The economics of scarcity are in full, ambrosial display at Tony Maws’s elegant, Gallic-accented restaurant. A limited quantity of the signature cheeseburger is prepared nightly and served to a lucky few at the handsome bar. The burger in question is an unapologetically cheffy affair: Maws grinds grass-fed local beef on-site, and then adds bone marrow for luxuriance and dehydrated miso for bright, salty umami. The sizeable patties are topped with house-made mace ketchup and Shelburne Farms cheddar, and served on buttered and griddled milk buns alongside vinegar pickles and celery root slaw.
Local loyalists can argue over the supposed sacrilege of the uptown mainstay’s recent downtown expansion all they want, but one thing is indisputable: Whichever location you frequent, the burgers are first-rate. Since 1972, the UES tavern has issued its superbly juicy, half-pound marvels, served open-faced with rings of red onion and crinkle-cut pickle chips, on green-checkered tabletops. A curlicue tangle of bacon, cooked to a crisp in the broiler, is technically optional (for 45¢ more), but real burger lovers know it’s mandatory.
Ahi tuna burger at Gott’s Roadside; St. Helena, CA
This Northern California favorite debuted in a midcentury diner space in 1999 (its first moniker, Taylor’s Refresher, was changed due to a trademark dispute in 2010), and now has four locations in Napa, San Francisco and Silicon Valley. Purists head to the St. Helena original for open-air ambiance complemented by parsley-flecked garlic fries, Napa Cellars chardonnay, and a sushi-grade ahi tuna burger. The latter is topped with tart slaw and ginger wasabi mayonnaise, and provides an easy, breezy dining alternative in buttoned-up Napa Valley.
The Belcampo name may be expanding rapidly across LA, but there’s no better way to eat its namesake burger than at the Grand Central Market stall, where you can sink your teeth into the finest meat in town. The beef—organic, sustainable and ground on-site by head butcher Jered Standing—is delightfully rich, and the cheddar and caramelized onions piled on top only add fuel to the discussion that this has to be one of the best burgers in the city.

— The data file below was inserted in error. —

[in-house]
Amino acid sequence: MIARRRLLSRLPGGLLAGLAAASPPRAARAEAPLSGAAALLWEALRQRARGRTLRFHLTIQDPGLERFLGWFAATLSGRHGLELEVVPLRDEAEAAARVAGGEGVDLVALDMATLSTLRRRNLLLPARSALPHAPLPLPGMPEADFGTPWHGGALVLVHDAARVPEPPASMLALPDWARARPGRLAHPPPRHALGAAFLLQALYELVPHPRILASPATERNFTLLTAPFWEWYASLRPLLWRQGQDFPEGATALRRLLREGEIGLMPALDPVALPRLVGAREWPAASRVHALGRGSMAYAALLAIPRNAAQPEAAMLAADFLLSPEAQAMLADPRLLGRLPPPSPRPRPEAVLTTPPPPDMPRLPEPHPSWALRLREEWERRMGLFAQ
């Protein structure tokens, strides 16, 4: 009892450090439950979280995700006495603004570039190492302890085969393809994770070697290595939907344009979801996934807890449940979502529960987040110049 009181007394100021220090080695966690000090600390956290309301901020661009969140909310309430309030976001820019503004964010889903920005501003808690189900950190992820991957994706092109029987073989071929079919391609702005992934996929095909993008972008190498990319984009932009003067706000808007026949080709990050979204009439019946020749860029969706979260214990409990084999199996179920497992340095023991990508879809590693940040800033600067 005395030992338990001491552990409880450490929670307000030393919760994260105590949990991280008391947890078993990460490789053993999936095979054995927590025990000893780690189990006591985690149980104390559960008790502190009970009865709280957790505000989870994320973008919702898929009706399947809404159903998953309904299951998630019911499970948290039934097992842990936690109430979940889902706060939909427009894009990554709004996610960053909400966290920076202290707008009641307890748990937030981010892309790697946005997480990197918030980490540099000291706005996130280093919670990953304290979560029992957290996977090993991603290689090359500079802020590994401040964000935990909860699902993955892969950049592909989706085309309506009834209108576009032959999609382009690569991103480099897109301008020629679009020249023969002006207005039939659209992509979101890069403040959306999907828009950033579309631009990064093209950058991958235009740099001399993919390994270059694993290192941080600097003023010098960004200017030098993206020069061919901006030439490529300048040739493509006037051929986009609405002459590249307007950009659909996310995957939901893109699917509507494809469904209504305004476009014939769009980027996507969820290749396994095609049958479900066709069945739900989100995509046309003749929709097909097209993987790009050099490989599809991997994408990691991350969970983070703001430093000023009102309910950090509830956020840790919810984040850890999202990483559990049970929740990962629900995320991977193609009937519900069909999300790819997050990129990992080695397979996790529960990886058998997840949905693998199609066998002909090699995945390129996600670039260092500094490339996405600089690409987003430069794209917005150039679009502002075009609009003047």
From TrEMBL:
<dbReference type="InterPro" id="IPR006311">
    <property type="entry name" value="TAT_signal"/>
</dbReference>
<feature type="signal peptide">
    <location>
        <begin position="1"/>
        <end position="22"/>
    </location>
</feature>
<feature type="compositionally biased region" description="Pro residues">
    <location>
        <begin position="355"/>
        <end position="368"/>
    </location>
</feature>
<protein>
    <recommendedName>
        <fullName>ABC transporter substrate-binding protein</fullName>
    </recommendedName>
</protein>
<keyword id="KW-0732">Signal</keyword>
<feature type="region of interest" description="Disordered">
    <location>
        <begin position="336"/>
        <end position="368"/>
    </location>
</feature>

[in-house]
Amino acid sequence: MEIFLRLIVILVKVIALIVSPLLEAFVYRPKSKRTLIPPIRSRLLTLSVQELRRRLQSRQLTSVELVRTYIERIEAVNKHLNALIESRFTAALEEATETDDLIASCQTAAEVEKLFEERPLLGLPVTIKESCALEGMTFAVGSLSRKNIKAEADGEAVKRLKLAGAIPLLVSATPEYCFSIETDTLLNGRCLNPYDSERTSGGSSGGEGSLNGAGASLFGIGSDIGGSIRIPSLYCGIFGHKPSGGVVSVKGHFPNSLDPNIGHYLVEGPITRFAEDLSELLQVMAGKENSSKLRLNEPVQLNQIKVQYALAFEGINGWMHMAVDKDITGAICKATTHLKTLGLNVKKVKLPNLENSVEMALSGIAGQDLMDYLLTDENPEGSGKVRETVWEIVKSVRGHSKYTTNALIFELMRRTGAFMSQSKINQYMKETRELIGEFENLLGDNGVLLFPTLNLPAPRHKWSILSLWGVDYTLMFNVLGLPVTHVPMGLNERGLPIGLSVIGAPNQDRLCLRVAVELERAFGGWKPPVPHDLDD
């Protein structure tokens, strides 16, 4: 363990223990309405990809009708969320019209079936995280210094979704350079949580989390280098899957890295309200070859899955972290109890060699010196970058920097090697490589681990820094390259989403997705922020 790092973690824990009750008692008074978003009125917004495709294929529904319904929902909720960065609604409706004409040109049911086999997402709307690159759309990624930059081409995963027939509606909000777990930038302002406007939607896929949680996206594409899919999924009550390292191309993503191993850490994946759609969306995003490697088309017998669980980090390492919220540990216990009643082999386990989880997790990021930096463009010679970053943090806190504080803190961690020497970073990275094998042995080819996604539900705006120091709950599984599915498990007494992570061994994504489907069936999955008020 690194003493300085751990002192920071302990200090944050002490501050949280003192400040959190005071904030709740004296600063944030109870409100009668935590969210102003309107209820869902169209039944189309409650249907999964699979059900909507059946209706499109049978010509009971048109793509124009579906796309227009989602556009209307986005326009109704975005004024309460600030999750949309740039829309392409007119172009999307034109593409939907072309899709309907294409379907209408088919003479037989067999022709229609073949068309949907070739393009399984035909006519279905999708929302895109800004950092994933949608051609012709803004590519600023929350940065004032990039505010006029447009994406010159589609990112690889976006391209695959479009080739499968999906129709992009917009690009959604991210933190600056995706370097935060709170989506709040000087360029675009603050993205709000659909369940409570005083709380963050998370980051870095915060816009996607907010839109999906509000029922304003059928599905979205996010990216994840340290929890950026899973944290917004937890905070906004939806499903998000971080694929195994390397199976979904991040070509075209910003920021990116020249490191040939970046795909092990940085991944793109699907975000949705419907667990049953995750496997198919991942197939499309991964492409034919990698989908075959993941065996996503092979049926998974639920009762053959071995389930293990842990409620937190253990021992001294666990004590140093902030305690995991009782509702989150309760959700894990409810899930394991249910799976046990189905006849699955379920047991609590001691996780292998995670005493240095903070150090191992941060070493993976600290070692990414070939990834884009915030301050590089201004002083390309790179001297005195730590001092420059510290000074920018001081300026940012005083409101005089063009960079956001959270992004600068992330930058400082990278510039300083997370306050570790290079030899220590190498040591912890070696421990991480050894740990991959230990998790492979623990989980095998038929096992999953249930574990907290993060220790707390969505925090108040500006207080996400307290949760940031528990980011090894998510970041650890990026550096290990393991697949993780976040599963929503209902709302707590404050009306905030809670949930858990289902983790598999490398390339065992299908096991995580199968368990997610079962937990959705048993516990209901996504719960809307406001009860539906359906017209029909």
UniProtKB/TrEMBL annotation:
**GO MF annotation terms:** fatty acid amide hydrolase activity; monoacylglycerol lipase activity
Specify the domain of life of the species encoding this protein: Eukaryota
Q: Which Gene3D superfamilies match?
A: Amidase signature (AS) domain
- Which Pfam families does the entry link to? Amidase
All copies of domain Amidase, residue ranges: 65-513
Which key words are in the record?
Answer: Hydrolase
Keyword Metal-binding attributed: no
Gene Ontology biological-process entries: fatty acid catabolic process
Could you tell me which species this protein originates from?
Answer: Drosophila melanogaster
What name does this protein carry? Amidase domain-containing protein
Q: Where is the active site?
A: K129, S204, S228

In 2014, after nearly a decade of cooking only 24 cheeseburgers per night and serving them exclusively after 10pm, chef Linton Hopkins decided to give the people what they wanted. Namely, more cheeseburgers. The Kraft American–topped double patty, made with a 50-50 blend of brisket and grass-fed chuck, is now a regular menu item at this perpetually buzzy Buckhead gastropub. In 2015, Hopkins satisfied burger-hungry Atlantans yet again by launching a spinoff counter, H&F Burger, at hip food hall Ponce City Market.
Double cheeseburger at Workingman’s Friend; Indianapolis, IN
Part greasy spoon, part dive bar, and all-out democratic, this hole-in-the-wall was founded in a remote corner of Indy in 1923. The iconic double cheeseburger at Workingman’s Friend (234 N Belmont Ave at Turner Ave; 317-636-2067) may no longer give you change from a five-spot, but it remains a favorite of construction crews, politicians and anyone with $5.75 in their pocket and hunger in their heart. The handmade, smashed and griddled beef patties inevitably draw comparisons to contemporary steak burger chains like Shake Shack, but one could argue that the latter’s Double ShackBurger, which starts at $7.99, is considerably less friendly to the workingman.